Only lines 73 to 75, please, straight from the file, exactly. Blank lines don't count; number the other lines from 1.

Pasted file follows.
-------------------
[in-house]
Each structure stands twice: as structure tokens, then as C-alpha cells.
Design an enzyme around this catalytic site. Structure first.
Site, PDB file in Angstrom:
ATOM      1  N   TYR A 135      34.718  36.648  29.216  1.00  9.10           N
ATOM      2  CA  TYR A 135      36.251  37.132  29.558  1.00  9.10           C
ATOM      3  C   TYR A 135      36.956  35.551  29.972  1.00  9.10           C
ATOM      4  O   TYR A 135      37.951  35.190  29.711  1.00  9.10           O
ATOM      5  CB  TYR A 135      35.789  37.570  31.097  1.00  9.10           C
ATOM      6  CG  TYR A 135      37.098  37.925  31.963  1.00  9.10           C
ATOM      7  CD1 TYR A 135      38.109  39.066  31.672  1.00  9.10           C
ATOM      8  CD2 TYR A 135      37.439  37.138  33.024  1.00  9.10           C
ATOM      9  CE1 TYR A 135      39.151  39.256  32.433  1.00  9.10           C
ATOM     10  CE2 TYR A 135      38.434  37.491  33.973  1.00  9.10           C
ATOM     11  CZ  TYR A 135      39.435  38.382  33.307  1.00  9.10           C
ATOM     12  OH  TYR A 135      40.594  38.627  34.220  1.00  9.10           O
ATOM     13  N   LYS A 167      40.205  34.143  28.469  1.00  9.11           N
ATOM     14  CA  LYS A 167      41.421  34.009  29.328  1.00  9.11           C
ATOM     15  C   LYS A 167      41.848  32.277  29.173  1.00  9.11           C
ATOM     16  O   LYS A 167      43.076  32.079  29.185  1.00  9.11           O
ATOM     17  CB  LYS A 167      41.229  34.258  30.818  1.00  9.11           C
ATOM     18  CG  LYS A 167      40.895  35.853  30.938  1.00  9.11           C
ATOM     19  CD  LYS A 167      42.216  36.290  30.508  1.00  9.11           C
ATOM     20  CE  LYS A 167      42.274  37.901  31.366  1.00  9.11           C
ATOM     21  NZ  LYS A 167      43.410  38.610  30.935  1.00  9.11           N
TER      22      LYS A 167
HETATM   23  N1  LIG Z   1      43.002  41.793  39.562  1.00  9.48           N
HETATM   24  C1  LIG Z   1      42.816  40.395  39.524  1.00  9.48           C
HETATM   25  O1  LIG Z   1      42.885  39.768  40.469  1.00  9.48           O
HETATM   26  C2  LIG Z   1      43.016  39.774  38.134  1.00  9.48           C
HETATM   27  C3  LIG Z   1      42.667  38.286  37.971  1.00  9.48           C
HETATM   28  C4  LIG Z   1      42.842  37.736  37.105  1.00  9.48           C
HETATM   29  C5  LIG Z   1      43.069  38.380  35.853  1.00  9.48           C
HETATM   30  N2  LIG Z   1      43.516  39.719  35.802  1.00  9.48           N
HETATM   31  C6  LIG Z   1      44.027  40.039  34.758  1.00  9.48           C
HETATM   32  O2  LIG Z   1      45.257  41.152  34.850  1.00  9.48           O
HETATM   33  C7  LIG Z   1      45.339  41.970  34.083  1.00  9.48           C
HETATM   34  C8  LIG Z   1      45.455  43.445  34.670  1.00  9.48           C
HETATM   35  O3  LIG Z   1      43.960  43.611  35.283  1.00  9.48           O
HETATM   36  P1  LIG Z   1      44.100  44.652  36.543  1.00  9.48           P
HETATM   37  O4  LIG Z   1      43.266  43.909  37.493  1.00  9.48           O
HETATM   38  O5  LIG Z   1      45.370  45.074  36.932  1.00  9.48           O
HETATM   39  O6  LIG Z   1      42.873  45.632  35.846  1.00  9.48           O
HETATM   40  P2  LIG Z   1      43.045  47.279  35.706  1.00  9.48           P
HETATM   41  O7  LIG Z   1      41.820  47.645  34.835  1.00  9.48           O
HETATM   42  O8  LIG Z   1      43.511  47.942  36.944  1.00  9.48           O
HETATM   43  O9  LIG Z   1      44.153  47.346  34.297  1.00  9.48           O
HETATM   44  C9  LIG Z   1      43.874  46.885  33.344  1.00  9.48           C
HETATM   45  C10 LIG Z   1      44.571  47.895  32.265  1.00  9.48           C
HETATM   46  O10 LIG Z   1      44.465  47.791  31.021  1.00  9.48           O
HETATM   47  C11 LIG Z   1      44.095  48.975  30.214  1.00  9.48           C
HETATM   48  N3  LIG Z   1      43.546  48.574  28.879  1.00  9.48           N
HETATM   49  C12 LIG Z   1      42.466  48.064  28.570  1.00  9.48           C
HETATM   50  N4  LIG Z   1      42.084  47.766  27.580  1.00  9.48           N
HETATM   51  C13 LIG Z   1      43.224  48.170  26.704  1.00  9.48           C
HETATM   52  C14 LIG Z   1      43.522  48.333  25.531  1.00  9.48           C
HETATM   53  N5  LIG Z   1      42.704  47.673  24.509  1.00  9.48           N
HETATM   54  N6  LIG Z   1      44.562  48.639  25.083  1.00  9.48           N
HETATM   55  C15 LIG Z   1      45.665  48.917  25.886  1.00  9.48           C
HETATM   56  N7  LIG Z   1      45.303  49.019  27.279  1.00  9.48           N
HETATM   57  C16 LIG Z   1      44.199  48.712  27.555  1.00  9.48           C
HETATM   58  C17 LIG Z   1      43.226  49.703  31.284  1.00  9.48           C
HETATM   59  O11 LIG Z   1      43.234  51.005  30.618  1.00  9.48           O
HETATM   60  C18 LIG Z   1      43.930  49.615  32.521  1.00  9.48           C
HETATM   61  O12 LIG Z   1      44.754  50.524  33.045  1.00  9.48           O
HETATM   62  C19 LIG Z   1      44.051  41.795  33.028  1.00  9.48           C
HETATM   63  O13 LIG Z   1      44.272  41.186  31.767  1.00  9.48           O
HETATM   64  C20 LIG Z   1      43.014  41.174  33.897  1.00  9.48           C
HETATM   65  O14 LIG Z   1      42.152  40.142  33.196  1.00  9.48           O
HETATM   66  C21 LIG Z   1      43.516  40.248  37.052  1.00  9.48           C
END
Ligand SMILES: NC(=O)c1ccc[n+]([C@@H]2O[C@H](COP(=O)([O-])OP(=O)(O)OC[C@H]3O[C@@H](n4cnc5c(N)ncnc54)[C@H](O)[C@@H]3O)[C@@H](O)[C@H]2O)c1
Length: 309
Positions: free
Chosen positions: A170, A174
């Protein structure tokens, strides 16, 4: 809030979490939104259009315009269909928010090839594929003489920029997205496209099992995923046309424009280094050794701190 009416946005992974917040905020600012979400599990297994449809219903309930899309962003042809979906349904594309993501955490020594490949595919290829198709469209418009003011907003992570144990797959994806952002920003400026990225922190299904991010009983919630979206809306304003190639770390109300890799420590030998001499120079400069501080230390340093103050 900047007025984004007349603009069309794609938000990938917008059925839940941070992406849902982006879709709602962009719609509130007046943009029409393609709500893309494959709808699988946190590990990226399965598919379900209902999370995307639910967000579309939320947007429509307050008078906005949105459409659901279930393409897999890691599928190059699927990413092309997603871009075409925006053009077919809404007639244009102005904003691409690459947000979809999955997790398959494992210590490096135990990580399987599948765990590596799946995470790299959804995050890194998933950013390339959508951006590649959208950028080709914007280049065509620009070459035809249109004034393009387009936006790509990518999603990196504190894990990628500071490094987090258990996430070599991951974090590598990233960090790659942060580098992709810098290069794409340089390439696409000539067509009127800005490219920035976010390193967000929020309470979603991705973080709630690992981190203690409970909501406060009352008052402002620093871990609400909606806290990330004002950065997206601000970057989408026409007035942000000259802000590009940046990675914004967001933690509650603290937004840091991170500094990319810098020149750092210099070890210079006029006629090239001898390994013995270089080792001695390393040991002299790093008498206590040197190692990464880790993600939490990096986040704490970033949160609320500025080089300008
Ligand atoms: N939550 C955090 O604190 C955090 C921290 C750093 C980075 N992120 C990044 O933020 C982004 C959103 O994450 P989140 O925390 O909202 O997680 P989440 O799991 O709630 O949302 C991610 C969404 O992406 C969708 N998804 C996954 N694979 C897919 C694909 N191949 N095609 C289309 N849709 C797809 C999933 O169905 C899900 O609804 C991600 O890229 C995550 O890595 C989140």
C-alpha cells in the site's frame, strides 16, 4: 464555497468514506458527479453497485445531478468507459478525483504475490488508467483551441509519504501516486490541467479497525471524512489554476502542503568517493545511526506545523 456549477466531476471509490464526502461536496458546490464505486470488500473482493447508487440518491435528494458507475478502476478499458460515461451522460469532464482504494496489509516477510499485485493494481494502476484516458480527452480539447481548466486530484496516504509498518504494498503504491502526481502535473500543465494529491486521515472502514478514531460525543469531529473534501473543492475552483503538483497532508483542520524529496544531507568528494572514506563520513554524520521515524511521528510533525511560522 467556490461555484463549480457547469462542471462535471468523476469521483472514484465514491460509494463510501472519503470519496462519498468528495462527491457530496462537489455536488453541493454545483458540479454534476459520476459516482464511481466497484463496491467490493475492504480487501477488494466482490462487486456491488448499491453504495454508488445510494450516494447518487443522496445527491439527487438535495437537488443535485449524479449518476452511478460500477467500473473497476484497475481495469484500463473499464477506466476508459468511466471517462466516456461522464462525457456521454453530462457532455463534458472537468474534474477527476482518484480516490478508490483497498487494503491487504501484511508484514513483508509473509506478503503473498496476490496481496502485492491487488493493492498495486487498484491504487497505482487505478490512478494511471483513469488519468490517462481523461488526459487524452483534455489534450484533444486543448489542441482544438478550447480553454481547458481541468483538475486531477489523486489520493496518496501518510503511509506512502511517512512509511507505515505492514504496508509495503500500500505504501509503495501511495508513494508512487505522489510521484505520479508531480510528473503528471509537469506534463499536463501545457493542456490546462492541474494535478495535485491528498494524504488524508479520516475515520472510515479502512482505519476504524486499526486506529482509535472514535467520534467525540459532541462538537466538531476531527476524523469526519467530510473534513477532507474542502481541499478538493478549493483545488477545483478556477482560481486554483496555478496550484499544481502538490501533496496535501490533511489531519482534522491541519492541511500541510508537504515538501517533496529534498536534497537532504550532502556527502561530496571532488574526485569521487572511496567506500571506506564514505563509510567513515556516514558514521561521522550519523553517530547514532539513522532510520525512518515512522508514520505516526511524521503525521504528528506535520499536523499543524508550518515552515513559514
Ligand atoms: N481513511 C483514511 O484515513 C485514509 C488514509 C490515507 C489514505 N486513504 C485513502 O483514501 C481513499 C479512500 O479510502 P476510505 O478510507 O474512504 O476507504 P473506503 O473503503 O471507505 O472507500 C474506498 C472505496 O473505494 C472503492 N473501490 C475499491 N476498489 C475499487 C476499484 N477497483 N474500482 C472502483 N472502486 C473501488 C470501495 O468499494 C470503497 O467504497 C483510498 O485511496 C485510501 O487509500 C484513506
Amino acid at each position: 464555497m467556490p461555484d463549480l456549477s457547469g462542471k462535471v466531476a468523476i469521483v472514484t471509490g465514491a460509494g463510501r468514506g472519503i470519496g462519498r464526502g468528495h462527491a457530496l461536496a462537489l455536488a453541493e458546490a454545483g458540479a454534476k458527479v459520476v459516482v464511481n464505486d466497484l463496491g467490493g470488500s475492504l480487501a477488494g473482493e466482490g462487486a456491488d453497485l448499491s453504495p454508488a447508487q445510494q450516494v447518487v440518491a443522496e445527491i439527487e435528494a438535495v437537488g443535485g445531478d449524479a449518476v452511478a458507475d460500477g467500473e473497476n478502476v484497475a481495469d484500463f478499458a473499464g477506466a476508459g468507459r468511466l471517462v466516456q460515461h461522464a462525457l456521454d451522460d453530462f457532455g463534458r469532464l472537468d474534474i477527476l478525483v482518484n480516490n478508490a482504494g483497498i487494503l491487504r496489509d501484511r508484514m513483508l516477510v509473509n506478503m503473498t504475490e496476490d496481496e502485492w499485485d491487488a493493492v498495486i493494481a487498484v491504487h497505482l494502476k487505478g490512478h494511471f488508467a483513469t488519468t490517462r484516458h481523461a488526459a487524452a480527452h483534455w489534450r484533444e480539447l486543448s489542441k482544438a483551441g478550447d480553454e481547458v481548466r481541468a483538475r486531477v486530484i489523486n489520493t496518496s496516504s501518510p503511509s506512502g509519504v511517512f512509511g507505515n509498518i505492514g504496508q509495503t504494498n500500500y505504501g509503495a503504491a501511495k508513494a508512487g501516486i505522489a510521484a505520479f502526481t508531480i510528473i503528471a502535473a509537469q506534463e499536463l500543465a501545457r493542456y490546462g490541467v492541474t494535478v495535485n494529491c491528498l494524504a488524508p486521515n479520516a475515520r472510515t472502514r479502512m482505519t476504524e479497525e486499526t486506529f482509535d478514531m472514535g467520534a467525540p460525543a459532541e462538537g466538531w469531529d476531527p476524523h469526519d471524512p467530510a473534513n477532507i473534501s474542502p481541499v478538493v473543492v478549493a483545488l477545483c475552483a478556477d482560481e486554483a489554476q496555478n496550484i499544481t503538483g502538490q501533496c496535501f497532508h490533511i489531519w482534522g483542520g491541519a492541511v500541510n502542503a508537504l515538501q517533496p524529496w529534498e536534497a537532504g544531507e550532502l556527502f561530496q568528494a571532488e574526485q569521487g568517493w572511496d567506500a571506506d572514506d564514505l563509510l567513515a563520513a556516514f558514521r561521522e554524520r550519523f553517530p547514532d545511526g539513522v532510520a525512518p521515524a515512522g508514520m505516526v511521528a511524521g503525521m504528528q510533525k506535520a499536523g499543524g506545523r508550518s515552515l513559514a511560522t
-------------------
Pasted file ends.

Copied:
Length: 309
Positions: free
Chosen positions: A170, A174